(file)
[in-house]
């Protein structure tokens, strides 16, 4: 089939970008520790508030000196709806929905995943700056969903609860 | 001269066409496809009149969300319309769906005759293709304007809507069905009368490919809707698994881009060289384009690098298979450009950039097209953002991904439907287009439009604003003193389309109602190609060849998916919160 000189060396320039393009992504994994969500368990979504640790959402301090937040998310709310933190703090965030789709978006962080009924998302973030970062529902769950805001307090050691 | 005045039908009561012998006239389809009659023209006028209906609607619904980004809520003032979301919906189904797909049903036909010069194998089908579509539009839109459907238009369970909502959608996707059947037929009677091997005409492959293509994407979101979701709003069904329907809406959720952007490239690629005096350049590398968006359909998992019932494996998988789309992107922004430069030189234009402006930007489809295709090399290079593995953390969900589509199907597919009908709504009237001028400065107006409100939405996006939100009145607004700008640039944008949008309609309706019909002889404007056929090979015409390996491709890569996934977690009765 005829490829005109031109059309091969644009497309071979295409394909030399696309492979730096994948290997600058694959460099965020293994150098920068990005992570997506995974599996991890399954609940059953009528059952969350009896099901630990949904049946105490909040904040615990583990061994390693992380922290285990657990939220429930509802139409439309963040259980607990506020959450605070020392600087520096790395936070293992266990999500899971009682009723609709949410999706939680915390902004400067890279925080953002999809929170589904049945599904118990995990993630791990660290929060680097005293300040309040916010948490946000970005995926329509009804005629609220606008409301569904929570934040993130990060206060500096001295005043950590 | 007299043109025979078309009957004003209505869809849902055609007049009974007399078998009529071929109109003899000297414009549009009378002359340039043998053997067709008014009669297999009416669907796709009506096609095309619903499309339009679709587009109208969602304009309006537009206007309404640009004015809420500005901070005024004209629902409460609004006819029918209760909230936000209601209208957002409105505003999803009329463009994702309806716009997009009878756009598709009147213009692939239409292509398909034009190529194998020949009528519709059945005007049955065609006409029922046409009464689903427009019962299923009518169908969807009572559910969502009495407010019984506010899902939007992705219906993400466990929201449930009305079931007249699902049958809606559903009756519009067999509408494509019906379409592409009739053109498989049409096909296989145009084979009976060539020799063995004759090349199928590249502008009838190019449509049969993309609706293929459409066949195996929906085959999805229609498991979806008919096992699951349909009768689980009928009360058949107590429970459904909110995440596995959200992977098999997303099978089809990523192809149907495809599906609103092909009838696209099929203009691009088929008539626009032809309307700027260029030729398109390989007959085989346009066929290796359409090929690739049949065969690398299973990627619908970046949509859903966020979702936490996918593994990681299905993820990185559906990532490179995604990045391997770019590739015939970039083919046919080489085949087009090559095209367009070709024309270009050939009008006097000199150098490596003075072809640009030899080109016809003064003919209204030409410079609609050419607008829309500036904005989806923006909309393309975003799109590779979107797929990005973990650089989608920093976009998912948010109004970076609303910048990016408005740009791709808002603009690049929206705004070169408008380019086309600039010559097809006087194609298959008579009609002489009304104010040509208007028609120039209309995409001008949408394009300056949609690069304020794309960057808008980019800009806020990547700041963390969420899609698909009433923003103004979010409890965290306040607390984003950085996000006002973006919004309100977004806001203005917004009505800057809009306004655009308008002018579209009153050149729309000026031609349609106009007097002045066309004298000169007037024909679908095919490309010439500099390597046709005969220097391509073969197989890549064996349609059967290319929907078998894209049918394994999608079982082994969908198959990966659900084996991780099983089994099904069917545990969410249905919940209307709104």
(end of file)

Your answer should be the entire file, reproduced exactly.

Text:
[in-house]
């Protein structure tokens, strides 16, 4: 089939970008520790508030000196709806929905995943700056969903609860 | 001269066409496809009149969300319309769906005759293709304007809507069905009368490919809707698994881009060289384009690098298979450009950039097209953002991904439907287009439009604003003193389309109602190609060849998916919160 000189060396320039393009992504994994969500368990979504640790959402301090937040998310709310933190703090965030789709978006962080009924998302973030970062529902769950805001307090050691 | 005045039908009561012998006239389809009659023209006028209906609607619904980004809520003032979301919906189904797909049903036909010069194998089908579509539009839109459907238009369970909502959608996707059947037929009677091997005409492959293509994407979101979701709003069904329907809406959720952007490239690629005096350049590398968006359909998992019932494996998988789309992107922004430069030189234009402006930007489809295709090399290079593995953390969900589509199907597919009908709504009237001028400065107006409100939405996006939100009145607004700008640039944008949008309609309706019909002889404007056929090979015409390996491709890569996934977690009765 005829490829005109031109059309091969644009497309071979295409394909030399696309492979730096994948290997600058694959460099965020293994150098920068990005992570997506995974599996991890399954609940059953009528059952969350009896099901630990949904049946105490909040904040615990583990061994390693992380922290285990657990939220429930509802139409439309963040259980607990506020959450605070020392600087520096790395936070293992266990999500899971009682009723609709949410999706939680915390902004400067890279925080953002999809929170589904049945599904118990995990993630791990660290929060680097005293300040309040916010948490946000970005995926329509009804005629609220606008409301569904929570934040993130990060206060500096001295005043950590 | 007299043109025979078309009957004003209505869809849902055609007049009974007399078998009529071929109109003899000297414009549009009378002359340039043998053997067709008014009669297999009416669907796709009506096609095309619903499309339009679709587009109208969602304009309006537009206007309404640009004015809420500005901070005024004209629902409460609004006819029918209760909230936000209601209208957002409105505003999803009329463009994702309806716009997009009878756009598709009147213009692939239409292509398909034009190529194998020949009528519709059945005007049955065609006409029922046409009464689903427009019962299923009518169908969807009572559910969502009495407010019984506010899902939007992705219906993400466990929201449930009305079931007249699902049958809606559903009756519009067999509408494509019906379409592409009739053109498989049409096909296989145009084979009976060539020799063995004759090349199928590249502008009838190019449509049969993309609706293929459409066949195996929906085959999805229609498991979806008919096992699951349909009768689980009928009360058949107590429970459904909110995440596995959200992977098999997303099978089809990523192809149907495809599906609103092909009838696209099929203009691009088929008539626009032809309307700027260029030729398109390989007959085989346009066929290796359409090929690739049949065969690398299973990627619908970046949509859903966020979702936490996918593994990681299905993820990185559906990532490179995604990045391997770019590739015939970039083919046919080489085949087009090559095209367009070709024309270009050939009008006097000199150098490596003075072809640009030899080109016809003064003919209204030409410079609609050419607008829309500036904005989806923006909309393309975003799109590779979107797929990005973990650089989608920093976009998912948010109004970076609303910048990016408005740009791709808002603009690049929206705004070169408008380019086309600039010559097809006087194609298959008579009609002489009304104010040509208007028609120039209309995409001008949408394009300056949609690069304020794309960057808008980019800009806020990547700041963390969420899609698909009433923003103004979010409890965290306040607390984003950085996000006002973006919004309100977004806001203005917004009505800057809009306004655009308008002018579209009153050149729309000026031609349609106009007097002045066309004298000169007037024909679908095919490309010439500099390597046709005969220097391509073969197989890549064996349609059967290319929907078998894209049918394994999608079982082994969908198959990966659900084996991780099983089994099904069917545990969410249905919940209307709104």